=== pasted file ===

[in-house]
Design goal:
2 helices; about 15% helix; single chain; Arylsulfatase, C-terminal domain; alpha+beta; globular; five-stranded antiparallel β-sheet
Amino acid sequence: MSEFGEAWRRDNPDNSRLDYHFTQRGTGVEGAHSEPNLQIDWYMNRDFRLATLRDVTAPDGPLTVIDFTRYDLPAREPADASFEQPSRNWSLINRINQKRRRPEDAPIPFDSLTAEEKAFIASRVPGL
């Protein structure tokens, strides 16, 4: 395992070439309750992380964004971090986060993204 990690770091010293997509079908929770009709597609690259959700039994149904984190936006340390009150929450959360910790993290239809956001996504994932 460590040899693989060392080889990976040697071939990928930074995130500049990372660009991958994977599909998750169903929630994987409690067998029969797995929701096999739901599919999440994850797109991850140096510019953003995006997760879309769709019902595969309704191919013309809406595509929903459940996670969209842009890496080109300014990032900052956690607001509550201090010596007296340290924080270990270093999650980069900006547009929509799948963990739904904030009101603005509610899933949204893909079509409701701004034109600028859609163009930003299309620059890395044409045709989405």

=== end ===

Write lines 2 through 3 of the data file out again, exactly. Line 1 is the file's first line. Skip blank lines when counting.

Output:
Design goal:
2 helices; about 15% helix; single chain; Arylsulfatase, C-terminal domain; alpha+beta; globular; five-stranded antiparallel β-sheet